All very enjoyable.
|0Comment|Report abuse
on 21 July 2013
Sweet Tooth takes us into the sleezy world of MI5 in the 1970s. Britain was in the throes of the three day week. The miners were on strike (they wanted a 35% pay rise!). PMs Ted Heath and Harold Wilson seemed interchangeable, grey old men who knew nothing of the real world. The Cold War was becoming tedious, the new war was being fought in Ulster, and it was coming to the streets of Britain's cities.

I was very young then, but I remember enough to be able to look back on this world as if it was another place. Grey, black, dark, depressing, is how it is in my mind, and how it is portrayed in this book. Our 'heroine' is Serena Frome, an apparently naïve, ambitious, pretty girl, who gets embroiled in an operation to fund writers (without their knowledge) to promote anti-communist views in their literature and so to do their bit, unwittingly, to preserve the values of the Old Guard, regardless of which Government happen to be in office. McEwan's list of reading at the end of the book shows that this is no invention, something as preposterous really did happen. Of course, Serena falls in love with her writer, and that gives her a bit a problem because how can you build a future when you can't tell your lover the truth about yourself, when in a sense, all that he knows of you is built on a lie, and that in addition, you're compromising his artistic integrity?

That's the story. What the book is about is a bit more difficult. Politics and parallels, this being McEwan, obviously. Deception - again, obviously, this is Ian McEwan, it's what he does. The twists and turns that we'll force our mind to take in order to make the world into the shape we want it to be, regardless of the fact that it's really another shape altogether, and that the person who's looking at it with us sees it in yet another form. It's about love, but McEwan's type of love, which is definitely not the romantic sort. It is romantic though, and there's even a romantic novelist playing a shady role in there too, though ultimately the romance is shown to be just as much window-dressing, deception, acting, as the entire relationship.

And of course, this being McEwan, all is absolutely not what it seems. I won't spoil it, but anyone who's read his books before would quite rightly be suspicious from the start. I was, though I didn't guess until close to the end. And that was my problem with the book.

That it's beautifully written goes without saying. That it's funny, dark, witty, of course - what I'd expect from one of my favourite authors. It's a compelling story. It draws you into the world and you keep turning the pages. I never quite believed in the female narrative, but there's a reason for that. I didn't like Serena much, but you weren't supposed to. I think the only likeable character was Shirley Shilling, the romantic novelist, and I'm not saying that to empathise, and even she, I was deeply suspicious of - again, I suspect I was meant to be. Nothing was as it seemed. That's the point of the book I think, and that's kind of what I didn't like about it (I mean the ending, not the book). Reading about deceit is one thing, being deceived is another. Like Atonement, I was left feeling cheated.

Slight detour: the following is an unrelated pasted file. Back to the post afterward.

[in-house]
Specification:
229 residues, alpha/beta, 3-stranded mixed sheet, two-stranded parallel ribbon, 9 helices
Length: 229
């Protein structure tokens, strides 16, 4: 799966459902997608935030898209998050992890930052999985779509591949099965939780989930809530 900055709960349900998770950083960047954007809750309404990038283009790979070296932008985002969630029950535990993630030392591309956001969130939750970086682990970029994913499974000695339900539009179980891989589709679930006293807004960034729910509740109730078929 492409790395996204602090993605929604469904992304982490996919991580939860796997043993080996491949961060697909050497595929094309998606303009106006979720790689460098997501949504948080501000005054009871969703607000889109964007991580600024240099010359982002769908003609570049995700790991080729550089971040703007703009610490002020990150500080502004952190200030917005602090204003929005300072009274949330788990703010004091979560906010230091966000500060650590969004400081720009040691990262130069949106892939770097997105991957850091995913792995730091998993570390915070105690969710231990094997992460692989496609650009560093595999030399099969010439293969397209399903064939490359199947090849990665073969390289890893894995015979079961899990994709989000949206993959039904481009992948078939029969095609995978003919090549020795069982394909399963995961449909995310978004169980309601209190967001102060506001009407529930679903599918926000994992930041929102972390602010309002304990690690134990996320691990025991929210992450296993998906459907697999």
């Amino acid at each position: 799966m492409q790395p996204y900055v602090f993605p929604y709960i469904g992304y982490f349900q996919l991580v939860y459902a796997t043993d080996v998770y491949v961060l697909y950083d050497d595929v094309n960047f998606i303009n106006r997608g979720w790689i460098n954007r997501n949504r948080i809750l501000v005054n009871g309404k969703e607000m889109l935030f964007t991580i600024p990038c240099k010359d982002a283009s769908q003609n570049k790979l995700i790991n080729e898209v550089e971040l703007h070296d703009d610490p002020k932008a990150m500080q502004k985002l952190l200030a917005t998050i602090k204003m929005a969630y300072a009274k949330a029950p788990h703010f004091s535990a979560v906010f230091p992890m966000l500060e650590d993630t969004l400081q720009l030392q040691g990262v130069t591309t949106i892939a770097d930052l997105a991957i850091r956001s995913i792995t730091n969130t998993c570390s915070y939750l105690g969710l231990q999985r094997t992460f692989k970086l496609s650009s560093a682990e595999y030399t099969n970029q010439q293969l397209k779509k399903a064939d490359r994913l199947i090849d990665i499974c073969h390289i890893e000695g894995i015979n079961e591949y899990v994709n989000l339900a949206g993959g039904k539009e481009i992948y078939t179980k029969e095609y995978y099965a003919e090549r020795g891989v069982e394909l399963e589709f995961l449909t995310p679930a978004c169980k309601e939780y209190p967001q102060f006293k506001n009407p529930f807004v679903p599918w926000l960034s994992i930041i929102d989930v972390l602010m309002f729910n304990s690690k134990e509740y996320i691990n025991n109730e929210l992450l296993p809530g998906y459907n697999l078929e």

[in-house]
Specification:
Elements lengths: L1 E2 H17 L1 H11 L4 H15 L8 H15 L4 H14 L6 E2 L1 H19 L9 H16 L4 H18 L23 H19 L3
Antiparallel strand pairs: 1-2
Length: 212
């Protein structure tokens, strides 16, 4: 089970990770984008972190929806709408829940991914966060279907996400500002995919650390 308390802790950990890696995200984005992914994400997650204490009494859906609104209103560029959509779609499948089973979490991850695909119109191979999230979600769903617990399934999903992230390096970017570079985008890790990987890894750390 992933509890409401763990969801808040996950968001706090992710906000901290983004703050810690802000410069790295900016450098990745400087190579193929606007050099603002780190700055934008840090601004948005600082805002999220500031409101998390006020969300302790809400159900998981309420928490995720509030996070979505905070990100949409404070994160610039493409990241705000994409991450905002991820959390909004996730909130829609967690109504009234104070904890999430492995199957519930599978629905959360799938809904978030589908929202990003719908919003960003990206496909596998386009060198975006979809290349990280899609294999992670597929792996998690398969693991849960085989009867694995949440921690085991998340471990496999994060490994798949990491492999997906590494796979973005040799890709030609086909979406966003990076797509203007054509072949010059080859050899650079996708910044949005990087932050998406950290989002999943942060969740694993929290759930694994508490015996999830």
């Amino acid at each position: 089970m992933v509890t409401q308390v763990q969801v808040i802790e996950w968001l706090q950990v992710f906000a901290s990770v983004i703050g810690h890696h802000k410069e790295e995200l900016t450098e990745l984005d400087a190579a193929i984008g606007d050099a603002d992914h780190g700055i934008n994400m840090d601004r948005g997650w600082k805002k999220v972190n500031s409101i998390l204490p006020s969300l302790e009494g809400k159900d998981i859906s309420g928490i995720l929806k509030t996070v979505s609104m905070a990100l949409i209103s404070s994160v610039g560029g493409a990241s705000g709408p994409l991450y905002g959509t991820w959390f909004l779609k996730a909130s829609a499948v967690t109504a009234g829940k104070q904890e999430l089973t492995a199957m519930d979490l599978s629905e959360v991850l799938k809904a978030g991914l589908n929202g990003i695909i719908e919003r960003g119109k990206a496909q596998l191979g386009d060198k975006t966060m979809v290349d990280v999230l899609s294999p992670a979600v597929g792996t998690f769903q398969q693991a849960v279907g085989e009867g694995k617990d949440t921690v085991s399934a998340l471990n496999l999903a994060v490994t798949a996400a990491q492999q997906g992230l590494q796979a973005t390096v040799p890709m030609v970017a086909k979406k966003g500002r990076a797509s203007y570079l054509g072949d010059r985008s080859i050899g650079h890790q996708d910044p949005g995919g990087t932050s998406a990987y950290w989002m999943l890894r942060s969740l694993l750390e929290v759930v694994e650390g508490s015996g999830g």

But it won't stop me coming back for more.
|0Comment|Report abuse
on 24 August 2013
I am aware of McEwan's reputation as a quality writer, but probably made a mistake in reading this first!

It's a page-turner certainly, and I was sufficiently motivated to reach the end pretty quickly. I can certainly see that the writer has an admirable talent for narration, creating a mood and building suspense.

The problem for me was the plot. And the characters. The story is set in the early 1970's during the cold war, and concerns a young woman who is recruited to MI5 after graduating from Oxford. An excellent situation for a thrilling story of intrigue and danger, or so I thought. Sadly, I found the central character to be shallow and self-obsessed, and the same seemed to apply to virtually everyone else in the story as well. The plot itself seemed a bit thin, involving a botched plot to secretly fund a select group of writers whom MI5 thought would be useful in the propaganda was against the Soviet Union. The whole project seemed faintly ridiculous and, for an organisation that was clearly paranoid to the extent of being afraid of its own shadow, was carried out with little concern for detail or attention to security. The central character recruits a young writer and promptly embarks on a relationship with him, which seems to completely pass by her employer, who until then had been bugging her room and stalking her. What?!?!?